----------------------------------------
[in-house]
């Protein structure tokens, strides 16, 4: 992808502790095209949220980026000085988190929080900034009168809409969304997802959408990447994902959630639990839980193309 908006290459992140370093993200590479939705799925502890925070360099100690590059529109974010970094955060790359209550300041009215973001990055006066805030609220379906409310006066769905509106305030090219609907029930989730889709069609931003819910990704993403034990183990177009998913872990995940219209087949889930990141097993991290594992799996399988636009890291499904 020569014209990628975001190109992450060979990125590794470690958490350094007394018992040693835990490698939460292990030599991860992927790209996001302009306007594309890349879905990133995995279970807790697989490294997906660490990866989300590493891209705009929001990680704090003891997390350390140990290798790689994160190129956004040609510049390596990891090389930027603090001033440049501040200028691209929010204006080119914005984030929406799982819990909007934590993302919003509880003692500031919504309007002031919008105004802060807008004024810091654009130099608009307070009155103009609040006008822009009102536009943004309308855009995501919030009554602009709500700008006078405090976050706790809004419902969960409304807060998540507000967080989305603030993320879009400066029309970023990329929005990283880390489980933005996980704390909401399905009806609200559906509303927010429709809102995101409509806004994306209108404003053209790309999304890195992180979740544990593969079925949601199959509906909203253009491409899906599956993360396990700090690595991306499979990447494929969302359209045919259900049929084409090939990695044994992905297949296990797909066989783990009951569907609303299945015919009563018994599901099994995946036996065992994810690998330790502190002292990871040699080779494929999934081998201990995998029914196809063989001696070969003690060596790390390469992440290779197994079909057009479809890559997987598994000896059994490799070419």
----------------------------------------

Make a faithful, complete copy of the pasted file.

[in-house]
């Protein structure tokens, strides 16, 4: 992808502790095209949220980026000085988190929080900034009168809409969304997802959408990447994902959630639990839980193309 908006290459992140370093993200590479939705799925502890925070360099100690590059529109974010970094955060790359209550300041009215973001990055006066805030609220379906409310006066769905509106305030090219609907029930989730889709069609931003819910990704993403034990183990177009998913872990995940219209087949889930990141097993991290594992799996399988636009890291499904 020569014209990628975001190109992450060979990125590794470690958490350094007394018992040693835990490698939460292990030599991860992927790209996001302009306007594309890349879905990133995995279970807790697989490294997906660490990866989300590493891209705009929001990680704090003891997390350390140990290798790689994160190129956004040609510049390596990891090389930027603090001033440049501040200028691209929010204006080119914005984030929406799982819990909007934590993302919003509880003692500031919504309007002031919008105004802060807008004024810091654009130099608009307070009155103009609040006008822009009102536009943004309308855009995501919030009554602009709500700008006078405090976050706790809004419902969960409304807060998540507000967080989305603030993320879009400066029309970023990329929005990283880390489980933005996980704390909401399905009806609200559906509303927010429709809102995101409509806004994306209108404003053209790309999304890195992180979740544990593969079925949601199959509906909203253009491409899906599956993360396990700090690595991306499979990447494929969302359209045919259900049929084409090939990695044994992905297949296990797909066989783990009951569907609303299945015919009563018994599901099994995946036996065992994810690998330790502190002292990871040699080779494929999934081998201990995998029914196809063989001696070969003690060596790390390469992440290779197994079909057009479809890559997987598994000896059994490799070419």